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At the Internet of Things Summit in San Francisco, we will be hearing from Lance Donny, CEO of OnFarm. OnFarm combines a comprehensive array of leading farm hardware technologies into a single grower-friendly management and decision platform.

“We have an internet of things platform for agriculture and integrates disparate devices in the field into one software product,” Donny said, “We’re kind of the operating system for the farm.” OnFarm evolves farm information. You control your dashboards, what’s important and how you manage it; with data from the best companies.

Plant monitoring devices also embrace the recent trend of returning to our roots – a movement of reconnecting with the physical world, without leaving behind progress we’ve made in the digital. As global awareness grows for environmental issues such as climate change and pollution, the need for a better understanding of how the modern world can work with nature and not against it is increasingly important.

See the line up of speakers for RE.WORK Internet of Things Summit here: re-work.co/internet-of-things

This week’s must reads!

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The tech world is rapidly evolving and it’s hard to keep up! To help you keep up to date we’ve made a selection of the last week’s best tech articles you should be reading:

“The problem with past attempts to develop a transparent solar panel has been energy harvesting — they did not deliver enough energy to make the technique worthwhile.

The Michigan team thinks it can get round this by tuning organic luminescent salts to absorb near-infrared energy. The energy travels along the plastic coating to the edge of the panel to be converted using the usual photovoltaic solar cells, which are applied in thin strips here.”

“Impact Hub members are a diverse lot, from seasoned professionals to start up entrepreneurs, running businesses and charities spanning the social spectrum. Always interested to find out who makes our community we caught up with Nikita Johnson, Founder of RE.WORK to find out about her journey to Impact Hub King’s Cross…”

"First applications could be in more low-lifetime products in which long-term stability is not required, i.e. on clothing, or for various indoor applications to scavenge energy," says lead researcher David Lidzey. Later, the technology might be used in stable places like the gap between two windows, and eventually, on the facade of buildings.”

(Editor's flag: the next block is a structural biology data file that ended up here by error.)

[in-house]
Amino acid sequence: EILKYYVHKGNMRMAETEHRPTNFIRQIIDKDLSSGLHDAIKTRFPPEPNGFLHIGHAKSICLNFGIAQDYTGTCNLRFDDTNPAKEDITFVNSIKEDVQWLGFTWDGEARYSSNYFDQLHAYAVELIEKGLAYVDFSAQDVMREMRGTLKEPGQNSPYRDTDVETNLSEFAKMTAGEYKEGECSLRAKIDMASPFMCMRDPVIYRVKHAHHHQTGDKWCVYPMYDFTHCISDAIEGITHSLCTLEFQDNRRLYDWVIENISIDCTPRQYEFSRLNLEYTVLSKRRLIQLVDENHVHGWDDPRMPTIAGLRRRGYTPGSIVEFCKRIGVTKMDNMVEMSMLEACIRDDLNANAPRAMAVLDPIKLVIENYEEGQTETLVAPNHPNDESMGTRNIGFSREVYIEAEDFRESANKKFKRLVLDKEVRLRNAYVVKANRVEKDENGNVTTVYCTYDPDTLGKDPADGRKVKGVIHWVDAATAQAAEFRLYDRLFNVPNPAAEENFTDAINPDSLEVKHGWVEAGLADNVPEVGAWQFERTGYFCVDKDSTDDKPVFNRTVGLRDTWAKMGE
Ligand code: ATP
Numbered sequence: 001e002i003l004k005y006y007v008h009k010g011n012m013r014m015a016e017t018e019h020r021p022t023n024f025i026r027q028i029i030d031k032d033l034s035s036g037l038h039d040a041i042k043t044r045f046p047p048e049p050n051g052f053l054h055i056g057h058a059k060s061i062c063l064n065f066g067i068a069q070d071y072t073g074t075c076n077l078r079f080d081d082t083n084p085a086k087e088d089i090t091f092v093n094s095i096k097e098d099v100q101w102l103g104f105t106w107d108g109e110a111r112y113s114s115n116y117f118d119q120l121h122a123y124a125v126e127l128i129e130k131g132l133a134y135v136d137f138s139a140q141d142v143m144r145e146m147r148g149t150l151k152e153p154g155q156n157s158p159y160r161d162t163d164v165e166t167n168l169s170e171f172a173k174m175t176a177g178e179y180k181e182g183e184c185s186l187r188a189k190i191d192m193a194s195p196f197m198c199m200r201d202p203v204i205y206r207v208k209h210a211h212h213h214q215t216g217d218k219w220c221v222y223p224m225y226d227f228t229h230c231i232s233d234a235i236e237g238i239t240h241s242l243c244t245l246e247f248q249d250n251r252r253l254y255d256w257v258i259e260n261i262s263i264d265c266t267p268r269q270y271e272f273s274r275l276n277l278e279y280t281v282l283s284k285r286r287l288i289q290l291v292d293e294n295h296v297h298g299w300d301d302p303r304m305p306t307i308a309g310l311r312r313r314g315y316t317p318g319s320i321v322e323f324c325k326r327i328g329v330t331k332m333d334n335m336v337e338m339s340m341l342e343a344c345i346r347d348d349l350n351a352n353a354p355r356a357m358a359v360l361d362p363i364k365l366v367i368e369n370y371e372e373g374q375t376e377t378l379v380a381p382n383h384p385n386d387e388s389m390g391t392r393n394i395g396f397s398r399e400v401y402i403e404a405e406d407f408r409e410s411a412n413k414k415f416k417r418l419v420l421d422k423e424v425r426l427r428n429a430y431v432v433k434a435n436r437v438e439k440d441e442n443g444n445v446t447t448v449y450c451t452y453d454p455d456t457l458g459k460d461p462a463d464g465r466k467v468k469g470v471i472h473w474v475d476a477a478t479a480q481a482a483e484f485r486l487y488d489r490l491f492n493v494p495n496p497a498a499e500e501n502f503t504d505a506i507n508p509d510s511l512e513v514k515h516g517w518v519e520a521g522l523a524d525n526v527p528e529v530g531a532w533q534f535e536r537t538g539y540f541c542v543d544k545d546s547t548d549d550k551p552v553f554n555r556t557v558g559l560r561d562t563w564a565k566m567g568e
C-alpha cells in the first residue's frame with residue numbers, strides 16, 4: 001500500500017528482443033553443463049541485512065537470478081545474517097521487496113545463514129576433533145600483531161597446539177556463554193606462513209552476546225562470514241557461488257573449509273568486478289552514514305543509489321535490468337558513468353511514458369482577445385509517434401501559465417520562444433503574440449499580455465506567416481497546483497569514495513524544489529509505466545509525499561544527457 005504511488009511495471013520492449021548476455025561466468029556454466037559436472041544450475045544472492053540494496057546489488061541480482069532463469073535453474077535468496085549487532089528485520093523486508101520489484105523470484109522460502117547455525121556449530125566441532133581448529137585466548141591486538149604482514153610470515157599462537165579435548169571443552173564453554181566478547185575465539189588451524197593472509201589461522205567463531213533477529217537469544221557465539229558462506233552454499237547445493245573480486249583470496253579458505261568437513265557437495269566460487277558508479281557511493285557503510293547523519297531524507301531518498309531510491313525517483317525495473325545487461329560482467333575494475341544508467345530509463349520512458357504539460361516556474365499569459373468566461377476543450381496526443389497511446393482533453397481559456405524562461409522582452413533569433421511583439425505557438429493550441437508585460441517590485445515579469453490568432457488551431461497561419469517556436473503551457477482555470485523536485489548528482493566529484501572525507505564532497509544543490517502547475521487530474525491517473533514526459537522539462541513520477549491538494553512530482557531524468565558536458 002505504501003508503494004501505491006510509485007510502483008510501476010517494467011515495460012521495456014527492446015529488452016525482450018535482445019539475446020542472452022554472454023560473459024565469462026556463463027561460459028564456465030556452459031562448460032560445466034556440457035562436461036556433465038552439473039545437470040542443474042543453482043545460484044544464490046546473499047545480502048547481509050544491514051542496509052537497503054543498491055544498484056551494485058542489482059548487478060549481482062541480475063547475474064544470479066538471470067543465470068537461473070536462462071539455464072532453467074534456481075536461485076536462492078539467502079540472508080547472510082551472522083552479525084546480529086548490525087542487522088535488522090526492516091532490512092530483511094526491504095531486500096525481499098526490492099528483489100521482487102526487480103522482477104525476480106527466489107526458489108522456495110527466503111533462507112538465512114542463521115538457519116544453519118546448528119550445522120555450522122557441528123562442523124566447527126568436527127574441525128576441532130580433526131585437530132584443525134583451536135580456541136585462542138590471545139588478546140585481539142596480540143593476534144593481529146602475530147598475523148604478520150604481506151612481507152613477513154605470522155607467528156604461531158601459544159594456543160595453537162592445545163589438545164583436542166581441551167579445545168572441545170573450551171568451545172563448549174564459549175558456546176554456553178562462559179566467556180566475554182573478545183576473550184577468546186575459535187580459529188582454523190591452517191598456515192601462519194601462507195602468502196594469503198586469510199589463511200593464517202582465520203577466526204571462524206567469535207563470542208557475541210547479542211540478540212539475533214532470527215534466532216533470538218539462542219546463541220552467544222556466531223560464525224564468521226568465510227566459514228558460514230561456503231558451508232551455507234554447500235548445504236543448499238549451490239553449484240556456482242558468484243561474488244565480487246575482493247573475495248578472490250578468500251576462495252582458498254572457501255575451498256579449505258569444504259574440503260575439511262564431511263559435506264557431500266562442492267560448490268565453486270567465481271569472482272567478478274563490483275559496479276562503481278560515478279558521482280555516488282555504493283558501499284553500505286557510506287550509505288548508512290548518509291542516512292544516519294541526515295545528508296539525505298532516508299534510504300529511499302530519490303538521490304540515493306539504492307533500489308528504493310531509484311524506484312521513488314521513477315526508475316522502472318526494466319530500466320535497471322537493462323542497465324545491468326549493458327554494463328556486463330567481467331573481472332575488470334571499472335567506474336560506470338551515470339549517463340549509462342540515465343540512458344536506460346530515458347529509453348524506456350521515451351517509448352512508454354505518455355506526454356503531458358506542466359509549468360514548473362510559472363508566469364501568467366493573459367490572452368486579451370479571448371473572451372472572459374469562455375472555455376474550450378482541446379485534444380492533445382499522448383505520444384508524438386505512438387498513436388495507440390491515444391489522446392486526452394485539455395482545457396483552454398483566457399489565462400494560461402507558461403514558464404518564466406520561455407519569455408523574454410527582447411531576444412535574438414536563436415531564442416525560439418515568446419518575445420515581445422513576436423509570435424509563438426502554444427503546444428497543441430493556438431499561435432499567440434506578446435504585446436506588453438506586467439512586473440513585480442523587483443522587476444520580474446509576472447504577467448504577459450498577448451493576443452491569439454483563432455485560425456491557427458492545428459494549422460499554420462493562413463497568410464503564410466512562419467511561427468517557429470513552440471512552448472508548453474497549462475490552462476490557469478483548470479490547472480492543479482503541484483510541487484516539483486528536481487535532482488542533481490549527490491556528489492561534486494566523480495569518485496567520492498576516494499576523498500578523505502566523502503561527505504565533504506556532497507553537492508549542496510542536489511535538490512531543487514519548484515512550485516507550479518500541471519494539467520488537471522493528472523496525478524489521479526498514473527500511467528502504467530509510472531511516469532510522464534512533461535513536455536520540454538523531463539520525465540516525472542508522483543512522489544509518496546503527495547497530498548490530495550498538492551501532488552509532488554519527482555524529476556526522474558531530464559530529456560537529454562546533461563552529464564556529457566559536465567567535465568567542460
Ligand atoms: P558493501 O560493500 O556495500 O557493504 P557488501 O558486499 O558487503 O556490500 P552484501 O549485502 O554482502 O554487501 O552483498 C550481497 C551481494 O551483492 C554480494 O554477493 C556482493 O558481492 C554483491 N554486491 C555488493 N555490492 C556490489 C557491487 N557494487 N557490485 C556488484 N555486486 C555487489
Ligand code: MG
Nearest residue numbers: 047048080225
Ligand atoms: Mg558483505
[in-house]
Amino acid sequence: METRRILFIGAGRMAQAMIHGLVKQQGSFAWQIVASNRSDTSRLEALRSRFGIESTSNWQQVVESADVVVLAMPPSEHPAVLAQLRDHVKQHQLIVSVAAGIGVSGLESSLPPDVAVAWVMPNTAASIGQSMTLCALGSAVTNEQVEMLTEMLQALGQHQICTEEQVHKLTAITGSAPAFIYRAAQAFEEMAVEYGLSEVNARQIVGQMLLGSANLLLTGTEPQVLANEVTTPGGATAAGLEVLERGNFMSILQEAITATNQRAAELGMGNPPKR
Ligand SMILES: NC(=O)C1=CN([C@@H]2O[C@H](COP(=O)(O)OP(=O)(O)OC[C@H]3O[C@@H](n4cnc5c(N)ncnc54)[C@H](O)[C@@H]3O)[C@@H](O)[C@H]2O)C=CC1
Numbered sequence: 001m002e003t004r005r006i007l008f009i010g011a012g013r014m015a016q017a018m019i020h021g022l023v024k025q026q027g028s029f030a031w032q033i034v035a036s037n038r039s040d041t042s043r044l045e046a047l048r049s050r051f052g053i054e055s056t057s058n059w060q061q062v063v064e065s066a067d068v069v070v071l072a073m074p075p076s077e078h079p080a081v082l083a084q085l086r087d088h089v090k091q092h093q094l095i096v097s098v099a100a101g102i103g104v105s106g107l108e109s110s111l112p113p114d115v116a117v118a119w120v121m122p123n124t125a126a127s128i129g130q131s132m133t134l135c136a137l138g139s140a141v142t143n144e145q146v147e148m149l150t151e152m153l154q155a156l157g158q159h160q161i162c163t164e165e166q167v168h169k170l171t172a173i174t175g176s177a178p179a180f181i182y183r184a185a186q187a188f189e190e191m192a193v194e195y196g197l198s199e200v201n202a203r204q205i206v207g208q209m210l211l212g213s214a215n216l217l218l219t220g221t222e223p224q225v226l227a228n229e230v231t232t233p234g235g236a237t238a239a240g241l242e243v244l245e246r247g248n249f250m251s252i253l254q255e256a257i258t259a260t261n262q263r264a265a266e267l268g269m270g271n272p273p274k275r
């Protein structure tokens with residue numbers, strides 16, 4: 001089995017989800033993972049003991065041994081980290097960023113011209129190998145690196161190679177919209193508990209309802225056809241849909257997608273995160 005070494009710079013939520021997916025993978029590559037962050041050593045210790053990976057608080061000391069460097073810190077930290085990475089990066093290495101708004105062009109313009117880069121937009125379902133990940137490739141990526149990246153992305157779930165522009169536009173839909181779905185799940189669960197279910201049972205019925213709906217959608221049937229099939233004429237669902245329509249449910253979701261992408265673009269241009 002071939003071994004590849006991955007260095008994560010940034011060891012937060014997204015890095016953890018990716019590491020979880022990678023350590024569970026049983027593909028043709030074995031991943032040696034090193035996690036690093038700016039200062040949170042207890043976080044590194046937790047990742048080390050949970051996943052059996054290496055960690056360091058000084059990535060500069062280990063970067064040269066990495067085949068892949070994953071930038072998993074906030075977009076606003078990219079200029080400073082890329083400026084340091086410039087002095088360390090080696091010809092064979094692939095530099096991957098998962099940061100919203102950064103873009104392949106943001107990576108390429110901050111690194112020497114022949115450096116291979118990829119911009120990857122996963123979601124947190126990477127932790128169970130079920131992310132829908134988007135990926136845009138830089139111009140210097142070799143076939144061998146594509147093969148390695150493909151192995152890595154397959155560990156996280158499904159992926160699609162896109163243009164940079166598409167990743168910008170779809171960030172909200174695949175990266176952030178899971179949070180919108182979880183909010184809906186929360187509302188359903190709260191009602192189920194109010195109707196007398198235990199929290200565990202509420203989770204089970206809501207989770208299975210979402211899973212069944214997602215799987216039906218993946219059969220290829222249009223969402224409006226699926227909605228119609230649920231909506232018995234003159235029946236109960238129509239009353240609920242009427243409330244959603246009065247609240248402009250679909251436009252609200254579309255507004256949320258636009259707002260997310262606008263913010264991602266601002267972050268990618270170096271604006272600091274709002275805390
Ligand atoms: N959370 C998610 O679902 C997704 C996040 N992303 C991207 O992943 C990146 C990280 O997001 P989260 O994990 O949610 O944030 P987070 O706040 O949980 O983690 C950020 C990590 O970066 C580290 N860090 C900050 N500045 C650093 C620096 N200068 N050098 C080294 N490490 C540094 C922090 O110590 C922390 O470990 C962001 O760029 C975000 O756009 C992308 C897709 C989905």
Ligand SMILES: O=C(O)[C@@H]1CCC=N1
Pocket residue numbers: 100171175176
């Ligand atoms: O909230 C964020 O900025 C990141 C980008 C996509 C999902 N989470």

“If you go back just 2 years, it was almost unheard of to see media coverage of 3D printing technology coming to the aid of doctors in the operating room. Now, it seems as though every week there is a new “breakthrough” surgery that takes place with the help of 3D printing. Most of the stories that are reported, seem to originate either from the US, Europe or China. These are the places with the most prominent media coverage, and areas on the globe that 3D printing has really begun to gain a strong foothold in.

However, one man, named Jorge Vicente Lopes da Silva, has been helping doctors and surgeons in Brazil use 3D printing and scanning technologies for years, yet you don’t see these stories in the mainstream media…”

“Some of the hottest fields of computer science right now, including deep learning, are potentially revolutionary but are still waiting for applications that really matter. The more data sensors let us generate about the food we eat, the way we treat disease and the way our cities function, the more shots we have to put new computing techniques to the test and really make a difference.”

“Developing social robots does not only require excellent skills in computer science and engineering, but importantly, knowledge of and experience in developing interactive, robotic systems. Interaction with social robots goes beyond common human-computer interaction, and requires specific attention to the quality and acceptability of interaction and communication with such machines in order to facilitate ‘natural’ human-robot interaction.”

“Speaking about the technique, collaborator Zhaohui Zhong predicted: “With our platform technology, we can measure a variety of chemicals at the same time, or modify the device to target specific chemicals. There are limitless possibilities.” Expanding its uses would mean developing new detection algorithms for different biomarkers, and the team suggests it could be used to detect chemical leaks in the lab or accumulate stats on pollution if members of the public wear them daily.”